The Informatics Paper Club of the Air presented by the AMIA CIS-WG is a regularly scheduled Journal Club series that will address the gap in knowledge and performance by an ongoing review of literature and by exposing our clinical informaticists to evidence-based approaches and strategies with discussions centered on incorporating those strategies into their practices.
Wrong-patient orders (placing the right order on the wrong patient) will be our theme for the next episode. We will start with the following three studies:
Adelman, Jason S., et al. "Understanding and preventing wrong-patient electronic orders: a randomized controlled trial." Journal of the American Medical Informatics Association (2012): amiajnl-2012.
Adelman, Jason. "Changing the First Name of NICU Patients to Reduce Wrong-Patient Orders." 2014 AAP National Conference and Exhibition. American Academy of Pediatrics, 2014.
Adelman, Jason. "Reducing Wrong-Patient Errors in the NICU through an Electronic Medical Record Identification Re-Entry Function." 2014 AAP National Conference and Exhibition. American Academy of Pediatrics, 2014.
After participating in this activity, the learner should be better able to:
- Identify some of the most important recently published clinical research findings
- Reduce uncertainties for clinical information systems informaticians that may accompany complex problems and procedures faced in the workplace
- Incorporate new knowledge into the evidence base
Joseph Kannry, MD
Lead Technical Informaticist
Epic EMR Clinical Transformation Group
Mount Sinai Medical Center
Professor of Medicine
Icahn School of Medicine at Mount Sinai
Past Chair, Clinical Information Systems Working Group, AMIA
Tomasz Adamusiak, MD PhD
Senior Data Scientist
Joseph Kannry, MD has dual appointments in IT and Medicine at Mount Sinai Medical Center. He is Lead Technical Informaticist, EMR Clinical Transformation Group, Mount Sinai Health System. Dr. Kannry is a professor of Medicine, and a practicing board certified Internist at Mount Sinai’s IMA (Internal Medicine Associates). Dr. Kannry is a graduate of the Yale Center for Medical Informatics, a National Library of Medicine training program in Informatics. In 2009 he was elected Chair of Clinical Information System Working Group (CIS-WG) of AMIA (American Medical Informatics Association) and re-elected chair with term ending in 2014. Dr. Kannry was Co-PI for a 1.5 million grant award by AHRQ to study the integration of Clinical Prediction Rules into a Commercial EMR and an investigator and Epic Lead on the eMerge2 grant which seeks to integrate genomic information at the point of care. In his capacity as Epic Lead he a member of the eMERGE EHR Integration Workgroup.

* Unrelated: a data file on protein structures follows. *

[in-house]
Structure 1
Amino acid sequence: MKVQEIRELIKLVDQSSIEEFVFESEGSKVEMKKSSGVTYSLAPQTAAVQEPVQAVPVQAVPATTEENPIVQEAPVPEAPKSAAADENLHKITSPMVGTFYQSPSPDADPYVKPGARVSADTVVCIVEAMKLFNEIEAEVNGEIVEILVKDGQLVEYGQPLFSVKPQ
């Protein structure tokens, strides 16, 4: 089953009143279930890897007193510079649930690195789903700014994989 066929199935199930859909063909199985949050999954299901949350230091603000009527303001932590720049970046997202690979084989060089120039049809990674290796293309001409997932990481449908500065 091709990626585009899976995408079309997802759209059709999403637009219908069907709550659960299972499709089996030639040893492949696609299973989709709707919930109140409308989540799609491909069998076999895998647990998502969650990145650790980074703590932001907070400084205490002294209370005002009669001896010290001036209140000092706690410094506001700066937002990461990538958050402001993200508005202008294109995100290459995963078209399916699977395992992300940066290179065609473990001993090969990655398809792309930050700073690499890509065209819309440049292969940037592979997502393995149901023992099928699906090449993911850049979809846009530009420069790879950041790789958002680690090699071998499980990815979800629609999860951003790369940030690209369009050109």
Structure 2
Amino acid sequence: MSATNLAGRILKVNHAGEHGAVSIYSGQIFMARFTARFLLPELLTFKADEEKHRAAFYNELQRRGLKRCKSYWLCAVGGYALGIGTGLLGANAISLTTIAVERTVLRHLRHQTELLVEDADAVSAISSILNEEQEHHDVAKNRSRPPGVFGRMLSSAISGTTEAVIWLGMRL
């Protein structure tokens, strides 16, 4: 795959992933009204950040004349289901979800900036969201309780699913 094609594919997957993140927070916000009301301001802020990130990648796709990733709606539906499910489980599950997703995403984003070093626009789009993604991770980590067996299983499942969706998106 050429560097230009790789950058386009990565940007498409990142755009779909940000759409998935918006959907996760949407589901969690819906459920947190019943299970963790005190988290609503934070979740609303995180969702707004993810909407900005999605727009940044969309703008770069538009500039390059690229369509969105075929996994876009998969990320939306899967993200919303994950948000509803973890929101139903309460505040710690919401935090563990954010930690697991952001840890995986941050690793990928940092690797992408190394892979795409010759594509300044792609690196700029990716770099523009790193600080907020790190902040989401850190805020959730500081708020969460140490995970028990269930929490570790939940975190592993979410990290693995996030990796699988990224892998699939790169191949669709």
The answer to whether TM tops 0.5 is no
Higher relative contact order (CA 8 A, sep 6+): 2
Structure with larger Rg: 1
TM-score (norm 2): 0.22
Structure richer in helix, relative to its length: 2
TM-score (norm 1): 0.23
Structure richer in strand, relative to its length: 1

In 2004, Dr. Kannry successfully led the Ambulatory EMR Selection process for Mount Sinai Medical Center and since 2005 he has been the Lead Technical Informaticist for the EMR Clinical Transformation Group. In his latest work as Lead Technical Informaticist, he oversees the Personal Health Record implementation, Enterprise Clinical Decision Support, mobile solutions for EHR access, EHR Clinical Research Integration and assists with the Ambulatory EHR implementation for both the Hospital Based Practices and Faculty Practice Associates which encompasses over 800,000 visits, as well as the Inpatient Implementation which includes a 1,130 bed hospital with approximately 56,000 discharges and the EMR rollout to Voluntary Physicians as well as working to support Mount Sinai's ACO. In 2013 Mount Sinai was recipient of the prestigious 2013 Davies Award for Enterprise EHR. The Davies award recognizes “outstanding achievement in the implementation and value” from EHRs.
Dr. Adamusiak is Senior Data Scientist at Thomson Reuters utilizing Big Data and Linked Data technologies to drive new scientific and strategic insights in target finding, drug repurposing, and precision medicine. He trained in clinical informatics at the U.S. National Library of Medicine, and bioinformatics at the European Bioinformatics Institute in Cambridge, UK. Dr. Adamusiak is a Chair of the AMIA Knowledge Representation and Semantics Working Group and has extensive experience in secondary use of EHR data, clinical terminologies, and predictive analytics.